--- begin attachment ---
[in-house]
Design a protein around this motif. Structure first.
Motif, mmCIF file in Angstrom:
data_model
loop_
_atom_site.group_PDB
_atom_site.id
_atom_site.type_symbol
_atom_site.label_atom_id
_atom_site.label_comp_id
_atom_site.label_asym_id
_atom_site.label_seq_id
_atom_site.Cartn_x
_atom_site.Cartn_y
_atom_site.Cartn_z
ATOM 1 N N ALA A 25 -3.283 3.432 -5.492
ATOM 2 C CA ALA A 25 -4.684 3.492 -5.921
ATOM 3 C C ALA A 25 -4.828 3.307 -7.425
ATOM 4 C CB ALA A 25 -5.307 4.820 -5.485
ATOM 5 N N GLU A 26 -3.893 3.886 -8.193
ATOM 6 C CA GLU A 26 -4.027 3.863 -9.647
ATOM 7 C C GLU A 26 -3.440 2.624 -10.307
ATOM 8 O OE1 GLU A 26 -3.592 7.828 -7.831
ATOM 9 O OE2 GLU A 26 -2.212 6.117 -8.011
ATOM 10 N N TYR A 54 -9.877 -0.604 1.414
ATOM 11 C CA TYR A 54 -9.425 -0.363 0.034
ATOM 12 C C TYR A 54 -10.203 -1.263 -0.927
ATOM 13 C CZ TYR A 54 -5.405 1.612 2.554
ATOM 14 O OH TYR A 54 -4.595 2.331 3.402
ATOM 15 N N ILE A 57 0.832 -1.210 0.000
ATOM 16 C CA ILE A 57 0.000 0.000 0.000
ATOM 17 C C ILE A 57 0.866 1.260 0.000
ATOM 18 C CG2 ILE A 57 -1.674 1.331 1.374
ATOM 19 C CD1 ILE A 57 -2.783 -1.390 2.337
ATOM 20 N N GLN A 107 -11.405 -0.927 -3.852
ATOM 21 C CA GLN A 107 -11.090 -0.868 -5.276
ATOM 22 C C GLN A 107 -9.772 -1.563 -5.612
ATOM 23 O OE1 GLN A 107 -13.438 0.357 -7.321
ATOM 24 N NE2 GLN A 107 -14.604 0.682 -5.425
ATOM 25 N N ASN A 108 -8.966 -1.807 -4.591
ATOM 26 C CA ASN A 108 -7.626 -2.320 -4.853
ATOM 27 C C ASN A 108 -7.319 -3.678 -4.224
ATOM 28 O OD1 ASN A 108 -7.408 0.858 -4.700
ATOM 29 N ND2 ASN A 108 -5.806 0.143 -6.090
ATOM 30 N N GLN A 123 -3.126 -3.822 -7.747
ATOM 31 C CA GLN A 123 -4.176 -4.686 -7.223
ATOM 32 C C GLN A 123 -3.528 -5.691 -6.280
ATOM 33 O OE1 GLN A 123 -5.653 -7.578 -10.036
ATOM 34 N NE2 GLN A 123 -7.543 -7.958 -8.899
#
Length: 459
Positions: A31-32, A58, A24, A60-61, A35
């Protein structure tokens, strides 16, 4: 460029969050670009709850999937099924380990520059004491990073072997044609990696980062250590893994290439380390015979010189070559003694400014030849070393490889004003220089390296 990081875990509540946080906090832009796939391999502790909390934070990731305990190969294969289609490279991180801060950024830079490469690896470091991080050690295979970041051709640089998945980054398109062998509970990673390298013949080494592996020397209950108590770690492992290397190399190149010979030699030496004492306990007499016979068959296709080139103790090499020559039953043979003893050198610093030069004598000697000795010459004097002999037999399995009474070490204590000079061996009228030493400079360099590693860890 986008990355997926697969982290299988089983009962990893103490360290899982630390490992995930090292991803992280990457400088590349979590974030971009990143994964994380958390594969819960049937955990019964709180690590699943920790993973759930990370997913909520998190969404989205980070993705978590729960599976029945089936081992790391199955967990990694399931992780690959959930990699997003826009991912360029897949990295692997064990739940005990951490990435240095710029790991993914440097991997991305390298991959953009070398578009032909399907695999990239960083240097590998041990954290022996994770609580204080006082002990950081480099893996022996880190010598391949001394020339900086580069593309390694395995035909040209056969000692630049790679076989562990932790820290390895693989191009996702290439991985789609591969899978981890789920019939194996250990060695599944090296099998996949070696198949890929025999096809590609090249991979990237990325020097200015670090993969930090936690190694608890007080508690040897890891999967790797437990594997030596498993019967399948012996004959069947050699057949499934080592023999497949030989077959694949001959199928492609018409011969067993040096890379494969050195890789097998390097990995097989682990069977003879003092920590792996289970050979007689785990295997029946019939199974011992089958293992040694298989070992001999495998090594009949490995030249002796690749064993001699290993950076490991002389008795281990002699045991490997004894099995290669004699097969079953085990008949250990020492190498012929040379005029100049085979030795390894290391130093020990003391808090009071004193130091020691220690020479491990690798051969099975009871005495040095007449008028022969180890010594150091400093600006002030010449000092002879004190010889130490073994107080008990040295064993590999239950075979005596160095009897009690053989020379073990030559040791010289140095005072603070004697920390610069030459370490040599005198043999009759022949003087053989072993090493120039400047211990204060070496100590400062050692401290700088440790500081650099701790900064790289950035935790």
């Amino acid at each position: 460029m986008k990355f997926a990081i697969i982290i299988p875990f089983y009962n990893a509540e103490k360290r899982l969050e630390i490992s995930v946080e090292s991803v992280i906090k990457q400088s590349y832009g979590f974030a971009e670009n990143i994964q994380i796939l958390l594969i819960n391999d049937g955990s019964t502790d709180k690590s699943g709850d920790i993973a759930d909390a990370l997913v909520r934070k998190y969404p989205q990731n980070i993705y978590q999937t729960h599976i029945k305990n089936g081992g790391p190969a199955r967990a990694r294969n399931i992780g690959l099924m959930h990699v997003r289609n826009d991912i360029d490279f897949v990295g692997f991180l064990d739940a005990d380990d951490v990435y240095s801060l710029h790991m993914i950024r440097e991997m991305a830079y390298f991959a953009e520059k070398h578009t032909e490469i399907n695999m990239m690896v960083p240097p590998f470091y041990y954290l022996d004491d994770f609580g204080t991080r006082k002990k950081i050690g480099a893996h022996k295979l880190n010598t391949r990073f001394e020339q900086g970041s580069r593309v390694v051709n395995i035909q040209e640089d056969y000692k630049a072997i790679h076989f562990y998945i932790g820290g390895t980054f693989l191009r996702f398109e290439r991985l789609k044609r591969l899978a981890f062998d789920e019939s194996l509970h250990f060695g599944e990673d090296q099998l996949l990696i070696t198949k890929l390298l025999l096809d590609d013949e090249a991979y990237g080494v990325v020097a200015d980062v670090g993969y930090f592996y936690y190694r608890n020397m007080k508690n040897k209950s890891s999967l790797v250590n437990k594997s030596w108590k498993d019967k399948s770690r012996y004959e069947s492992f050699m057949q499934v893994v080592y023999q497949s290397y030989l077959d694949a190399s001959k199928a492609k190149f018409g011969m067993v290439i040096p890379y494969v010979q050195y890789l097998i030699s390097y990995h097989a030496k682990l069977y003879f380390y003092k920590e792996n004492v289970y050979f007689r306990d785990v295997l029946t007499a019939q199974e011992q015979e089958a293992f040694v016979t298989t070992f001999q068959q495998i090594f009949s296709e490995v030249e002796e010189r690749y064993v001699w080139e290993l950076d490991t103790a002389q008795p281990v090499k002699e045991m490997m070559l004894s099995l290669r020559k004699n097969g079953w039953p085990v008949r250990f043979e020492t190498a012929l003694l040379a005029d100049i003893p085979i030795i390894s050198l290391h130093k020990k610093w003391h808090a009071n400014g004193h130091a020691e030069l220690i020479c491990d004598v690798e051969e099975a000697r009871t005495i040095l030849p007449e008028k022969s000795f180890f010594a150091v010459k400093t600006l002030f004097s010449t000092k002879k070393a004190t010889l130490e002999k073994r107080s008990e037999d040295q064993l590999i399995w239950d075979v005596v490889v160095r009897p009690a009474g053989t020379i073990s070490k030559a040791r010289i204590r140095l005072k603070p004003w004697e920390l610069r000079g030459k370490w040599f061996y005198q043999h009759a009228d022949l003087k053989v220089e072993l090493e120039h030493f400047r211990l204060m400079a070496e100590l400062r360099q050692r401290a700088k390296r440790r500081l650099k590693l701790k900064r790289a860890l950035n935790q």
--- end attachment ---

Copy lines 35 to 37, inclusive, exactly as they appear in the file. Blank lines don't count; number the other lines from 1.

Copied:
ATOM 20 N N GLN A 107 -11.405 -0.927 -3.852
ATOM 21 C CA GLN A 107 -11.090 -0.868 -5.276
ATOM 22 C C GLN A 107 -9.772 -1.563 -5.612